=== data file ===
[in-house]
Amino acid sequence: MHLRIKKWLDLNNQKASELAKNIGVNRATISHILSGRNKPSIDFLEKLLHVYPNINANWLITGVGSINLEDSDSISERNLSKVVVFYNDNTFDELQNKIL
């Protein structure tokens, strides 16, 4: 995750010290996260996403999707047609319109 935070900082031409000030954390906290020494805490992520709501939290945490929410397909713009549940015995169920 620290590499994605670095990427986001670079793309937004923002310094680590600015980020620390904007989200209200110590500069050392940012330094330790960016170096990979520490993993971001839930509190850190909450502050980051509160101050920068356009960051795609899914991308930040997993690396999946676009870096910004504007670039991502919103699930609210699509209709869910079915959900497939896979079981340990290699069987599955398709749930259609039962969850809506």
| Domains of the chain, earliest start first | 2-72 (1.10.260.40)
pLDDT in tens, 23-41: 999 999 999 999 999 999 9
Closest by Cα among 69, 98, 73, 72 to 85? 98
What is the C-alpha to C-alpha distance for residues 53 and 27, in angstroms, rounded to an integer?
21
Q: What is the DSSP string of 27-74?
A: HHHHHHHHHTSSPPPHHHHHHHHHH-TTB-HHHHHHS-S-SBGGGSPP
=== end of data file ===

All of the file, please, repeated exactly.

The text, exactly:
[in-house]
Amino acid sequence: MHLRIKKWLDLNNQKASELAKNIGVNRATISHILSGRNKPSIDFLEKLLHVYPNINANWLITGVGSINLEDSDSISERNLSKVVVFYNDNTFDELQNKIL
């Protein structure tokens, strides 16, 4: 995750010290996260996403999707047609319109 935070900082031409000030954390906290020494805490992520709501939290945490929410397909713009549940015995169920 620290590499994605670095990427986001670079793309937004923002310094680590600015980020620390904007989200209200110590500069050392940012330094330790960016170096990979520490993993971001839930509190850190909450502050980051509160101050920068356009960051795609899914991308930040997993690396999946676009870096910004504007670039991502919103699930609210699509209709869910079915959900497939896979079981340990290699069987599955398709749930259609039962969850809506």
| Domains of the chain, earliest start first | 2-72 (1.10.260.40)
pLDDT in tens, 23-41: 999 999 999 999 999 999 9
Closest by Cα among 69, 98, 73, 72 to 85? 98
What is the C-alpha to C-alpha distance for residues 53 and 27, in angstroms, rounded to an integer?
21
Q: What is the DSSP string of 27-74?
A: HHHHHHHHHTSSPPPHHHHHHHHHH-TTB-HHHHHHS-S-SBGGGSPP